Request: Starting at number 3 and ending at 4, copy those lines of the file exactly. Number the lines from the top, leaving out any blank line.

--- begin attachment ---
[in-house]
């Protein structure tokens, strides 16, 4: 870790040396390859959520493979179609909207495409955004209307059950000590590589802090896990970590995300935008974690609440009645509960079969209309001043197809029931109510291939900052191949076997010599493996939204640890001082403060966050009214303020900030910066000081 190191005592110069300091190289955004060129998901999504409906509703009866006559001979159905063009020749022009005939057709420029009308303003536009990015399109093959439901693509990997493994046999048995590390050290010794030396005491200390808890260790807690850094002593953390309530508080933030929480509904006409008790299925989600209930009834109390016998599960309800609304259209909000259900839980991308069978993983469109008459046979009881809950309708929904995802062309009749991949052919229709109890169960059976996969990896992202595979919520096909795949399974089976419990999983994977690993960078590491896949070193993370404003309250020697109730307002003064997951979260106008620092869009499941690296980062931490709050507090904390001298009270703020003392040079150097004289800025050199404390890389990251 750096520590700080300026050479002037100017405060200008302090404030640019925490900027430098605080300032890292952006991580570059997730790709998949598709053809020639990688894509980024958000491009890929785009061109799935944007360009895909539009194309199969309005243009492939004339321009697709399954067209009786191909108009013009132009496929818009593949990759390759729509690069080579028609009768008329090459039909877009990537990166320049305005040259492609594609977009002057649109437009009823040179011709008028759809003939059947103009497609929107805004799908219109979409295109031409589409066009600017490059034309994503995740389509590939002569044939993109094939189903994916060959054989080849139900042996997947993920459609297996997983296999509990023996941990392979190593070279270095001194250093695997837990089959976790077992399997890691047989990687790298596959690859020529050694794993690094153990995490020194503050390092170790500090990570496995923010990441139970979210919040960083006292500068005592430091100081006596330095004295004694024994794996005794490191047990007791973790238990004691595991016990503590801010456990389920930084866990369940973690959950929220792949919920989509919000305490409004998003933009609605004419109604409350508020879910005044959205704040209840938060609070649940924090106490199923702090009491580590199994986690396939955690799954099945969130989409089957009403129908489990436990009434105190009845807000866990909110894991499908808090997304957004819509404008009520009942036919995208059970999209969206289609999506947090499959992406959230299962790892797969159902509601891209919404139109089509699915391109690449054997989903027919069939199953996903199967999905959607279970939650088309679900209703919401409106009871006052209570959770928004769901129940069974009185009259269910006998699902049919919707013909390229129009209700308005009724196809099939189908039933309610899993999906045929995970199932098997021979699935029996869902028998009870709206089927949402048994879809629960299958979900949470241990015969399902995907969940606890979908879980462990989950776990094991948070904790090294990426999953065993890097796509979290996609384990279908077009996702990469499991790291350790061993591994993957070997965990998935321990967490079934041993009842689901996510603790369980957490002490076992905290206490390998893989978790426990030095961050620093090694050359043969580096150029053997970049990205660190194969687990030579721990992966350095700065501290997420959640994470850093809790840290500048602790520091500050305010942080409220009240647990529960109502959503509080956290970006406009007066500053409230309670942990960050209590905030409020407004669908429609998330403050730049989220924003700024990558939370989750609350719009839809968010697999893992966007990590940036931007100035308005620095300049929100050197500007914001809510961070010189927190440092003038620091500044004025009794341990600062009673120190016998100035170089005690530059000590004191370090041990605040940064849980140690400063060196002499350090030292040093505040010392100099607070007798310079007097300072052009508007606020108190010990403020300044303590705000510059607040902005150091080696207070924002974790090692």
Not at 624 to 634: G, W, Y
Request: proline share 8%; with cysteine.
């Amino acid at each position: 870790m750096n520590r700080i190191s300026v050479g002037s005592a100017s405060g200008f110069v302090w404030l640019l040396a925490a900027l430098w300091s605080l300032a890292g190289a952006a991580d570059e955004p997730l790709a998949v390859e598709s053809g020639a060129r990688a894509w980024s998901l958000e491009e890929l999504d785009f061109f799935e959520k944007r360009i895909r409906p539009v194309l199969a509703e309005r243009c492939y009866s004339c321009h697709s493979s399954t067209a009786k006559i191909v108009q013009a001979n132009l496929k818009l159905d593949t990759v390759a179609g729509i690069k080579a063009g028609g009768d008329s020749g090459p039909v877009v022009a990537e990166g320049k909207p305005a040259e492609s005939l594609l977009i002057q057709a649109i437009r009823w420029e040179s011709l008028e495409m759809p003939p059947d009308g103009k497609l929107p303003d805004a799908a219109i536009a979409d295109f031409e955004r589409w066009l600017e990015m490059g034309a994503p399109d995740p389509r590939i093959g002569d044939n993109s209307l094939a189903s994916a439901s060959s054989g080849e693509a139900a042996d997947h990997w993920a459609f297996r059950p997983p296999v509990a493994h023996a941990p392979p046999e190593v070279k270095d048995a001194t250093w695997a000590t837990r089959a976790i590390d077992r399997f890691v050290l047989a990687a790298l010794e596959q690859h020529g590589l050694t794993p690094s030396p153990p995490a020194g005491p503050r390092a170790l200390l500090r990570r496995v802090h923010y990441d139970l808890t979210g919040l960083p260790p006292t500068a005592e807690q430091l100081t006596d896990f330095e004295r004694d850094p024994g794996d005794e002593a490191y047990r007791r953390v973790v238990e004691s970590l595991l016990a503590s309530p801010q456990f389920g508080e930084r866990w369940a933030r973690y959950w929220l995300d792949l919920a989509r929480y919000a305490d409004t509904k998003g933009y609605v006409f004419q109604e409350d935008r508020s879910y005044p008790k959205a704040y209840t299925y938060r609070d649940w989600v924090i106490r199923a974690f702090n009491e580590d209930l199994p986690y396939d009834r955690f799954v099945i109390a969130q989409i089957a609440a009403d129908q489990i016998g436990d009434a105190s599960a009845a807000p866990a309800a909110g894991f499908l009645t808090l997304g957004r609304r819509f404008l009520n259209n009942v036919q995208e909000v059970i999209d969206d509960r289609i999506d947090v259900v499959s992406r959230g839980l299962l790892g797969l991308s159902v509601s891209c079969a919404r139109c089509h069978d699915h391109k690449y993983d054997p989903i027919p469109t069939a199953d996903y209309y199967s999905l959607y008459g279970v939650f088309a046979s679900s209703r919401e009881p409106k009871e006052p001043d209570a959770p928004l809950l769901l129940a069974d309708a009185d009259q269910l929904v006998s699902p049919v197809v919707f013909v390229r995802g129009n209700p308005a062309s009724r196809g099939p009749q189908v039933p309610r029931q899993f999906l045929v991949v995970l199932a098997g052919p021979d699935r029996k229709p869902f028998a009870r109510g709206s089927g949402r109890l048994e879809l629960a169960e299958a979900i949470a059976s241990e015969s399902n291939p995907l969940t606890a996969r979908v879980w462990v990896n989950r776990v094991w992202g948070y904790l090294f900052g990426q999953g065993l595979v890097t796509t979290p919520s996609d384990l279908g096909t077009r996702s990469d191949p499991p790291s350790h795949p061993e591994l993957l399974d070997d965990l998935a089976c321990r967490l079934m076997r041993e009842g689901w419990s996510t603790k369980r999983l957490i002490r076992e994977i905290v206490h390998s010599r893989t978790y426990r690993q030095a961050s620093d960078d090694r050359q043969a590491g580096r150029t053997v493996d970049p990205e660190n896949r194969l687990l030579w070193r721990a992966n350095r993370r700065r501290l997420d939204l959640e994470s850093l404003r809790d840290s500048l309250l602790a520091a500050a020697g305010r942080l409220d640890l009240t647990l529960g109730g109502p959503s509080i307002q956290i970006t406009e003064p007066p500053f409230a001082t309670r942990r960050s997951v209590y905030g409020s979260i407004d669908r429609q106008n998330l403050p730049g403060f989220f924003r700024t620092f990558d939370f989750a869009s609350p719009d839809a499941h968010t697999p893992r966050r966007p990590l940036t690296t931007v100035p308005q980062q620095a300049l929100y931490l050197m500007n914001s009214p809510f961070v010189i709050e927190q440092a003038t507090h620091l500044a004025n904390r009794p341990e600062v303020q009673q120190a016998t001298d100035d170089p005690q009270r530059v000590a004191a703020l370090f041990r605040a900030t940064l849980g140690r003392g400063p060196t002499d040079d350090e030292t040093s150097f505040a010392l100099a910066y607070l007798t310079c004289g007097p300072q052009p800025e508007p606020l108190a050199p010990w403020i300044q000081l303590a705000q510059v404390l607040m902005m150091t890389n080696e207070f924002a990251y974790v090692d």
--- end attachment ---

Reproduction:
Not at 624 to 634: G, W, Y
Request: proline share 8%; with cysteine.